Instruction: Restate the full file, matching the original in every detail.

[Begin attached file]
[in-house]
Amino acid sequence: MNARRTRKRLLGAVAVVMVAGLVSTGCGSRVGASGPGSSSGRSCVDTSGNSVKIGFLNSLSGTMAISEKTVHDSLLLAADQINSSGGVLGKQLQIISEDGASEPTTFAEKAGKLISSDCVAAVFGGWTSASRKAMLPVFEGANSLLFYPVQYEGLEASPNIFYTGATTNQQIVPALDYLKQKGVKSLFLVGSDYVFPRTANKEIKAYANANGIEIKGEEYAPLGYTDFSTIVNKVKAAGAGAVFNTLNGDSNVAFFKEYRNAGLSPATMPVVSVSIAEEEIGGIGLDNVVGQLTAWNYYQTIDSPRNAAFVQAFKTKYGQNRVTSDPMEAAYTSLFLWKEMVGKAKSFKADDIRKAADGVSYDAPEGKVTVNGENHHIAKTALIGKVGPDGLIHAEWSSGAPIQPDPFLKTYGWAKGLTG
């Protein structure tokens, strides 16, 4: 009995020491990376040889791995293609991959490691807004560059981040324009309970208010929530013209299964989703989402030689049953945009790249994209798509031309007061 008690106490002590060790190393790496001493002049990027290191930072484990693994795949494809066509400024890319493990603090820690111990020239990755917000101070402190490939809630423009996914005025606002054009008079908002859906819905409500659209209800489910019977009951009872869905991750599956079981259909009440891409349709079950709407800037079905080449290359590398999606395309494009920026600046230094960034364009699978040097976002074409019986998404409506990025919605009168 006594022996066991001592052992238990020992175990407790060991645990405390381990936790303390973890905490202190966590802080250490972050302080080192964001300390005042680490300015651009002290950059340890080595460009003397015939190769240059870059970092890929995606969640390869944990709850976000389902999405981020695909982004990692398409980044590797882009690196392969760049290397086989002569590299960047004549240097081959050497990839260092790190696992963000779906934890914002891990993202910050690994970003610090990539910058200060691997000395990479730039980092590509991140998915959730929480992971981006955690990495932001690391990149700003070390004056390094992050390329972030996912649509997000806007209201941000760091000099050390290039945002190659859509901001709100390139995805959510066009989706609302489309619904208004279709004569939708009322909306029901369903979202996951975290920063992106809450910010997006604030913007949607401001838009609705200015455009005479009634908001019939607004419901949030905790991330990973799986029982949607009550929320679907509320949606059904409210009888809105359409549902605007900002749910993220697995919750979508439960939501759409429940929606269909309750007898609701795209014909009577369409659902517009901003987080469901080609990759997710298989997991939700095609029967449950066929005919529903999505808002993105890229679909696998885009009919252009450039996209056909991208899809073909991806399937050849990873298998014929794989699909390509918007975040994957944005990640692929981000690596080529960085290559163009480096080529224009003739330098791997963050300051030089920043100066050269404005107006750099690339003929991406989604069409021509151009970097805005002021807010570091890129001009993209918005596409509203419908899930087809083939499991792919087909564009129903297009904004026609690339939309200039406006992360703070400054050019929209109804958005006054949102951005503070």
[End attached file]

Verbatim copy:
[in-house]
Amino acid sequence: MNARRTRKRLLGAVAVVMVAGLVSTGCGSRVGASGPGSSSGRSCVDTSGNSVKIGFLNSLSGTMAISEKTVHDSLLLAADQINSSGGVLGKQLQIISEDGASEPTTFAEKAGKLISSDCVAAVFGGWTSASRKAMLPVFEGANSLLFYPVQYEGLEASPNIFYTGATTNQQIVPALDYLKQKGVKSLFLVGSDYVFPRTANKEIKAYANANGIEIKGEEYAPLGYTDFSTIVNKVKAAGAGAVFNTLNGDSNVAFFKEYRNAGLSPATMPVVSVSIAEEEIGGIGLDNVVGQLTAWNYYQTIDSPRNAAFVQAFKTKYGQNRVTSDPMEAAYTSLFLWKEMVGKAKSFKADDIRKAADGVSYDAPEGKVTVNGENHHIAKTALIGKVGPDGLIHAEWSSGAPIQPDPFLKTYGWAKGLTG
């Protein structure tokens, strides 16, 4: 009995020491990376040889791995293609991959490691807004560059981040324009309970208010929530013209299964989703989402030689049953945009790249994209798509031309007061 008690106490002590060790190393790496001493002049990027290191930072484990693994795949494809066509400024890319493990603090820690111990020239990755917000101070402190490939809630423009996914005025606002054009008079908002859906819905409500659209209800489910019977009951009872869905991750599956079981259909009440891409349709079950709407800037079905080449290359590398999606395309494009920026600046230094960034364009699978040097976002074409019986998404409506990025919605009168 006594022996066991001592052992238990020992175990407790060991645990405390381990936790303390973890905490202190966590802080250490972050302080080192964001300390005042680490300015651009002290950059340890080595460009003397015939190769240059870059970092890929995606969640390869944990709850976000389902999405981020695909982004990692398409980044590797882009690196392969760049290397086989002569590299960047004549240097081959050497990839260092790190696992963000779906934890914002891990993202910050690994970003610090990539910058200060691997000395990479730039980092590509991140998915959730929480992971981006955690990495932001690391990149700003070390004056390094992050390329972030996912649509997000806007209201941000760091000099050390290039945002190659859509901001709100390139995805959510066009989706609302489309619904208004279709004569939708009322909306029901369903979202996951975290920063992106809450910010997006604030913007949607401001838009609705200015455009005479009634908001019939607004419901949030905790991330990973799986029982949607009550929320679907509320949606059904409210009888809105359409549902605007900002749910993220697995919750979508439960939501759409429940929606269909309750007898609701795209014909009577369409659902517009901003987080469901080609990759997710298989997991939700095609029967449950066929005919529903999505808002993105890229679909696998885009009919252009450039996209056909991208899809073909991806399937050849990873298998014929794989699909390509918007975040994957944005990640692929981000690596080529960085290559163009480096080529224009003739330098791997963050300051030089920043100066050269404005107006750099690339003929991406989604069409021509151009970097805005002021807010570091890129001009993209918005596409509203419908899930087809083939499991792919087909564009129903297009904004026609690339939309200039406006992360703070400054050019929209109804958005006054949102951005503070």